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Vocapedia > Technology > Wearable devices / wearables, The Internet of things

 

 

 

 

 

 

 

 

 

 

 

 

 

 

 

 

 

 

For Wearables, Design Leads Tech        NYT        18 March 2015

 

 

 

 

For Wearables, Design Leads Tech        Video        Molly Wood | The New York Times        18 March 2015

 

Wearables are leading a revolution

to combine design with ingenuity to make new products.

 

During development of Nike’s Fuelband, for example,

many details, from material to font, came from designers.

 

Produced by: Molly Wood, Rebekah Fergusson and Vanessa Perez

Read the story here: http://nyti.ms/1CwxN9X

Watch more videos at: http://nytimes.com/video

 

YouTube
https://www.youtube.com/watch?v=0wjs3adQ1Bc

 

 

 

 

 

 

 

 

 

 

 

 

 

 

 

The Connected Kitchen        NYT        22 November 2014

 

 

 

 

The Connected Kitchen        Video        Molly Wood | The New York Times        22 November 2014

 

If there’s a cooking trend,

chances are, there’s a product for the home cook.

 

The technology columnists Molly Wood and Farhad Manjoo

review their favorite new kitchen gadgets.

 

Produced by: Molly Wood and Shaleece Haas

Read the story here: http://nyti.ms/1F52Q8E

Watch more videos at: http://nytimes.com/video

 

YouTube
http://www.youtube.com/watch?v=RCuFQQV0Eq4&list=UUqnbDFdCpuN8CMEg0VuEBqA&index=6

 

 

 

 

 

 

 

 

 

 

 

 

 

 

 

LG G Watch Review: Smartwatch of the Distant Future        NYT        25 July 2014

 

 

 

 

LG G Watch Review: Smartwatch of the Distant Future | Molly Wood | The New York Times                25 July 2014

 

Molly Wood reviews LG’s new G watch,

which is powered by Android Wear,

Google’s new operating system for wearable devices.

 

Produced by: Rebekah Fergusson and Vanessa Perez

Read the story here: http://nyti.ms/1nwCNSy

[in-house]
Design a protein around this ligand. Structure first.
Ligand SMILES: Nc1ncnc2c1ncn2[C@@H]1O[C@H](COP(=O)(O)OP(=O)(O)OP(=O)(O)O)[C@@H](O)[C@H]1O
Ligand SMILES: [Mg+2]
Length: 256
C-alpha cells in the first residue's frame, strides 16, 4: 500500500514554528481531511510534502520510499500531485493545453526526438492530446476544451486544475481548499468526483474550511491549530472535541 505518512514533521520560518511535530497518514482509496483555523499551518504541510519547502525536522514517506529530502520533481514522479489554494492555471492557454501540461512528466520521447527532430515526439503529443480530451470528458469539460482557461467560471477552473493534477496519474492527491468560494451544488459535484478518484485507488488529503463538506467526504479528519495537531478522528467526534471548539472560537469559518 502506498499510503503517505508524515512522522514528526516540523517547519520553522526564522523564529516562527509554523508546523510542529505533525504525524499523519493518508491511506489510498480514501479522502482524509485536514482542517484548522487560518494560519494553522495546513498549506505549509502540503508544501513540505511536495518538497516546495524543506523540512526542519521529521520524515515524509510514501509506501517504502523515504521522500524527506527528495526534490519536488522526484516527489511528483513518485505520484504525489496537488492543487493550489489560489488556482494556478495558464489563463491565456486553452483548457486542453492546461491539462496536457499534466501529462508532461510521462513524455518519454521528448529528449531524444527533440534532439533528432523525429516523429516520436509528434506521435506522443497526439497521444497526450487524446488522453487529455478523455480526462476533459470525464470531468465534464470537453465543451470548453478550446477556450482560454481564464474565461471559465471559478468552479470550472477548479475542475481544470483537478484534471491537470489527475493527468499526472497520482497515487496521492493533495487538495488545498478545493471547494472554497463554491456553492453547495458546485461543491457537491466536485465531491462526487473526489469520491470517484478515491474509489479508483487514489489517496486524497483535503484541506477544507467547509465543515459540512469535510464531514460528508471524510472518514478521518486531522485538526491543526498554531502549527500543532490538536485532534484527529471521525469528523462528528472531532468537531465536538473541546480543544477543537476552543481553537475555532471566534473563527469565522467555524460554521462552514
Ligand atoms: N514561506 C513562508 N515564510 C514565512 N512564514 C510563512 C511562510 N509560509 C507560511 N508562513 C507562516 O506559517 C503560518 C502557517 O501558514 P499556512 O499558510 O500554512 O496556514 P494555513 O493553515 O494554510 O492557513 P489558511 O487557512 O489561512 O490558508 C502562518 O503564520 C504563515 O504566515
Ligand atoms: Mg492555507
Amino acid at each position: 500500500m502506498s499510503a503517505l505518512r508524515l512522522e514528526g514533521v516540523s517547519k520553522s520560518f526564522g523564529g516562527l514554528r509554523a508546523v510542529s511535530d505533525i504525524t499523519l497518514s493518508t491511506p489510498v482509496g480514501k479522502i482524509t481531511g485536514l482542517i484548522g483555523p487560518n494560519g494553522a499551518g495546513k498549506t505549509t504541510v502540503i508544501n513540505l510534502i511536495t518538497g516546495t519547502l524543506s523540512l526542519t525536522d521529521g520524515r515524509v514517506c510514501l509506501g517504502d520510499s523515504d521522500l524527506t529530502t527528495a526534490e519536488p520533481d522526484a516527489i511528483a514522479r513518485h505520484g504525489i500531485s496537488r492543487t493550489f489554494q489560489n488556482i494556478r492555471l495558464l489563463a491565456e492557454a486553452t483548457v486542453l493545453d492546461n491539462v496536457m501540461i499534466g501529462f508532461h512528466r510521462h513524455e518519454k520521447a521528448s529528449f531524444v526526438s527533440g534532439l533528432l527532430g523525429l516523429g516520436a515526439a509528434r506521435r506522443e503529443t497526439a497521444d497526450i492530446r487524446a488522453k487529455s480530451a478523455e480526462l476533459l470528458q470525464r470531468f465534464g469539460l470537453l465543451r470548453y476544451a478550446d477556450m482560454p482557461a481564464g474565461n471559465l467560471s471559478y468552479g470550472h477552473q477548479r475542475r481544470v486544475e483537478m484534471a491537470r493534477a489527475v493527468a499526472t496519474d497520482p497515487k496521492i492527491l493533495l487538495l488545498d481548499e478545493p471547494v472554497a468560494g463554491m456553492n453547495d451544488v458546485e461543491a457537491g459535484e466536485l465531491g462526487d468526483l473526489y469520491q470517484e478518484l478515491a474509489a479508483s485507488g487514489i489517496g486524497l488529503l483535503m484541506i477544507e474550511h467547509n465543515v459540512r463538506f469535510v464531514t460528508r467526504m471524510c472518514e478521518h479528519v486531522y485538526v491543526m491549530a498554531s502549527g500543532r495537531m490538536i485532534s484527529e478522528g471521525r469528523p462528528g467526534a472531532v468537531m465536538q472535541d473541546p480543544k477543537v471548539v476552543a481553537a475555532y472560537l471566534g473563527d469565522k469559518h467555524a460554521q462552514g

Watch more videos at: http://nytimes.com/video

 

YouTube
http://www.youtube.com/watch?v=8YgclhtCSgE&list=PL4CGYNsoW2iCzzn4pZBJ58IZAAsSgng2V

 

 

 

 

 

 

 

 

 

 

 

 

 

 

 

Wearable Technology: Beyond the Wrist        NYT        7 March 2014

 

 

 

 

Wearable Technology: Beyond the Wrist | Molly Wood | The New York Times        7 March 2014

 

The Times's Molly Wood

explores why the makers of wearable devices

are so focused on people's wrists

and what the future may hold for fashionable tech.

 

YouTube
https://www.youtube.com/watch?v=mPzwIs2p36M&list=PL4CGYNsoW2iCzzn4pZBJ58IZAAsSgng2V

 

 

 

 

 

 

 

 

 

 

 

 

 

 

the 'internet of things'        UK

 

https://www.theguardian.com/technology/2017/jun/06/
internet-of-things-smart-home-smart-city

 

http://www.theguardian.com/technology/2015/may/28/
google-brillo-operating-system-internet-of-things

http://www.theguardian.com/commentisfree/2014/jan/26/
beware-internet-of-things-fridges

http://www.theguardian.com/technology/2014/jan/14/
how-google-home-nest-labs-acquisition

 

 

 

 

 

 

 

the 'internet of things'        USA

 

http://www.npr.org/sections/alltechconsidered/2017/06/06/
531747037/the-internet-of-things-is-becoming-more-difficult-to-escape

http://www.npr.org/sections/alltechconsidered/2017/08/14/
541699733/our-homes-may-get-smarter-but-have-we-thought-it-through

http://www.npr.org/sections/alltechconsidered/2017/06/06/
531747037/the-internet-of-things-is-becoming-more-difficult-to-escape

 

http://www.npr.org/sections/alltechconsidered/2015/11/02/
454051683/what-happens-when-your-lights-appliances-are-connected-to-the-internet

http://www.nytimes.com/2015/09/06/
opinion/sunday/allison-arieff-the-internet-of-way-too-many-things.html

 

http://www.nytimes.com/2010/09/20/
technology/20arm.html

 

 

 

 

 

the 'internet of things' > smart contact lens prototype        UK

http://www.theguardian.com/technology/video/2014/jan/17/